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So too must fall petitioner’s procedural objection that private respondent should be faulted for forum-shopping vis-à-vis this Court’s pronouncement in Samad v. COMELEC44 [224 SCRA 631 [1993].] which states in no uncertain terms that –

As a general rule, the filing of an election protest or a petition for quo warranto precludes the subsequent filing of a pre-proclamation controversy, or amounts to the abandonment of one earlier filed, thus depriving the COMELEC of the authority to inquire into and pass upon the title of the protestee or the validity of his proclamation. The reason is that once the competent tribunal has acquired jurisdiction of an election protest or a petition for quo warranto, all questions relative thereto will have to be decided in the case itself and not in another proceeding. This procedure will prevent confusion and conflict of authority. Conformably, we have ruled in a number of cases that after a proclamation has been made, a pre-proclamation case before the COMELEC is no longer viable.

The rule admits of exceptions, however, as where: (1) the board of canvassers was improperly constituted; (2) quo warranto was not the proper remedy; (3) what was filed was not really a petition for quo warranto or an election protest but a petition to annul a proclamation; (4) the filing of a quo warranto petition or an election protest was expressly made without prejudice to the pre-proclamation controversy or was made ad cautelam; and (5) the proclamation was null and void.



Petitioner further argues that his submissions that a.] the integrity of the ballot boxes has been violated; b.] only rejected ballots or ballots manually counted are the proper subjects of an election protest; and c.] private respondent is guilty of forum-shopping, are enough grounds to dismiss the case.

We remain unconvinced.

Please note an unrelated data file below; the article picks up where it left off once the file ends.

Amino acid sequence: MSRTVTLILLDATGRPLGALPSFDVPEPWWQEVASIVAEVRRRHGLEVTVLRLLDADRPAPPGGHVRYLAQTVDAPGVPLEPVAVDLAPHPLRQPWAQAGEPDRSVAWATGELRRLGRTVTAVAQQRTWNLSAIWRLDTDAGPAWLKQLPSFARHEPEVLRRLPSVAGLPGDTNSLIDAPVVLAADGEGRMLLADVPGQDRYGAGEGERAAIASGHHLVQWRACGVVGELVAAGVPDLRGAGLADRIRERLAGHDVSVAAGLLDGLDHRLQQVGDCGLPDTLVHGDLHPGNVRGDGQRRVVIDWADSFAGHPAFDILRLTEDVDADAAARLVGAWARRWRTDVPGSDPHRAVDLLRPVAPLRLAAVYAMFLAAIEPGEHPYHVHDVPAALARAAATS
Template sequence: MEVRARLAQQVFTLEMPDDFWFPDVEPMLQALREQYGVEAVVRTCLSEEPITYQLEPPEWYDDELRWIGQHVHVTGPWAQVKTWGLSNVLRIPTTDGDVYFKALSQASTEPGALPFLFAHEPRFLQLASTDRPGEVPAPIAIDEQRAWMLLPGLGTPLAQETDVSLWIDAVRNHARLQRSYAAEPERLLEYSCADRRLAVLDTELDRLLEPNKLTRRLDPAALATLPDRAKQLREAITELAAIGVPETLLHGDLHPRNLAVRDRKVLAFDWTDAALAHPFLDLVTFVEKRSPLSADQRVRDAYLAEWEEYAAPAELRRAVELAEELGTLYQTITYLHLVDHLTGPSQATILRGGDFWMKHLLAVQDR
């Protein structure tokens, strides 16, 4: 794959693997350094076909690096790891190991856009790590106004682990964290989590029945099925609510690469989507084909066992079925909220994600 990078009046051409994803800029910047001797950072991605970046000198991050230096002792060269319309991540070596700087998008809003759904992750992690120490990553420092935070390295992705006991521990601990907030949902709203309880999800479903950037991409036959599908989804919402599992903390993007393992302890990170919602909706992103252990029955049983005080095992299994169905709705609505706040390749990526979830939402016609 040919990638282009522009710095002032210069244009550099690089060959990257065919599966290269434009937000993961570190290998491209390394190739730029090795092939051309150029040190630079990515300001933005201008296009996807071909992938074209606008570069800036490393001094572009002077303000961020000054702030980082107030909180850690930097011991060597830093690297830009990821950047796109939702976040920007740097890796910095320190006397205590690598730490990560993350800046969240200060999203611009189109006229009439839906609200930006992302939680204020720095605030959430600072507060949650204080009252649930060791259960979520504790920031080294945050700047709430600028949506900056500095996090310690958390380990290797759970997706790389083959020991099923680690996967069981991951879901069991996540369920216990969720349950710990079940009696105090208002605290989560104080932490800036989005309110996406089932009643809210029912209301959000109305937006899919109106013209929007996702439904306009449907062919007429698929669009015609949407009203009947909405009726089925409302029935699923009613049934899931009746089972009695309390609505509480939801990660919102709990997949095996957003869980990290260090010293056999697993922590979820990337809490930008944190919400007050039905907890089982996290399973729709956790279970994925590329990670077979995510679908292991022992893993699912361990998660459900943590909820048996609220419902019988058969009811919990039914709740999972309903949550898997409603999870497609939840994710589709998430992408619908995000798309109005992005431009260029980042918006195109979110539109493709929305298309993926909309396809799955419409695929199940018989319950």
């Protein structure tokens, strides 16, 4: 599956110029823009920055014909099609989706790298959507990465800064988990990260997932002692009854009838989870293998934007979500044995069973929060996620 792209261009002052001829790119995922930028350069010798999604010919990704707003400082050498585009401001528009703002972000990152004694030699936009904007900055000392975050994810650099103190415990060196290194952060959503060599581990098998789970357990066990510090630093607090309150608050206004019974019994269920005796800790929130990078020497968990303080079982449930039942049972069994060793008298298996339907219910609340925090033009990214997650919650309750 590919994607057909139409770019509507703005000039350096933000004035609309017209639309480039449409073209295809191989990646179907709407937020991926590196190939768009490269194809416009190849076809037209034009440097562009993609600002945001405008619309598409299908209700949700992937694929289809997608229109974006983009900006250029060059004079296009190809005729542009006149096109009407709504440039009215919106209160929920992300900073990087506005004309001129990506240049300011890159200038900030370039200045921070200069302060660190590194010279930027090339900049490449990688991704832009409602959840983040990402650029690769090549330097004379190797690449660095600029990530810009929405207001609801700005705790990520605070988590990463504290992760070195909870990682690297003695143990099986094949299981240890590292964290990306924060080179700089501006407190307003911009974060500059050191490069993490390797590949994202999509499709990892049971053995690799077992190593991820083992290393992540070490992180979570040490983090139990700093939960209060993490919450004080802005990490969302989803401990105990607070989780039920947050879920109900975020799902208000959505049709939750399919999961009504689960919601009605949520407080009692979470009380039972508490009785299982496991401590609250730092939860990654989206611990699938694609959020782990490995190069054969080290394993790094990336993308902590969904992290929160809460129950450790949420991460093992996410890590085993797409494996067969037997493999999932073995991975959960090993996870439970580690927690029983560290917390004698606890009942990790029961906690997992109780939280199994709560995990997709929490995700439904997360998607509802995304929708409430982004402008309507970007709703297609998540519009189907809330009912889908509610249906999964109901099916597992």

As aptly observed by the COMELEC in the challenged Resolution, these grounds are "evidentiary in nature and can be best ventilated during the trial of the case."38 [Rollo, p. 40; Annex A, Petition, p. 9.] It needs be stressed in this regard that the purpose of an election protest is to ascertain whether the candidate proclaimed elected by the board of canvassers is really the lawful choice of the electorate.39 [Agpalo R., The Law On Public Officers, 1st ed. (1998), p. 58.] In an election contest where the correctness of the number of votes is involved, the best and most conclusive evidence are the ballots themselves; where the ballots can not be produced or are not available, the election returns would be the best evidence.40 [Lerias v. HRET, 202 SCRA 808 [1991].] In this case, the counted official ballots are available and there is no evidence, other than the bare allegation of petitioner, that the sanctity of the ballot boxes subject matter of the protest have been violated or the official ballots contained therein impaired. The best way, therefore, to test the truthfulness of petitioner’s claim is to open the ballot boxes in the protested precincts followed by the examination, revision, recounting and re-appreciation of the official ballots therein contained in accordance with law and pertinent rules on the matter. Needless to state this can only be done through a full-blown trial on the merits, not a peremptory resolution of the motion to dismiss on the basis of the bare and one-sided averments made therein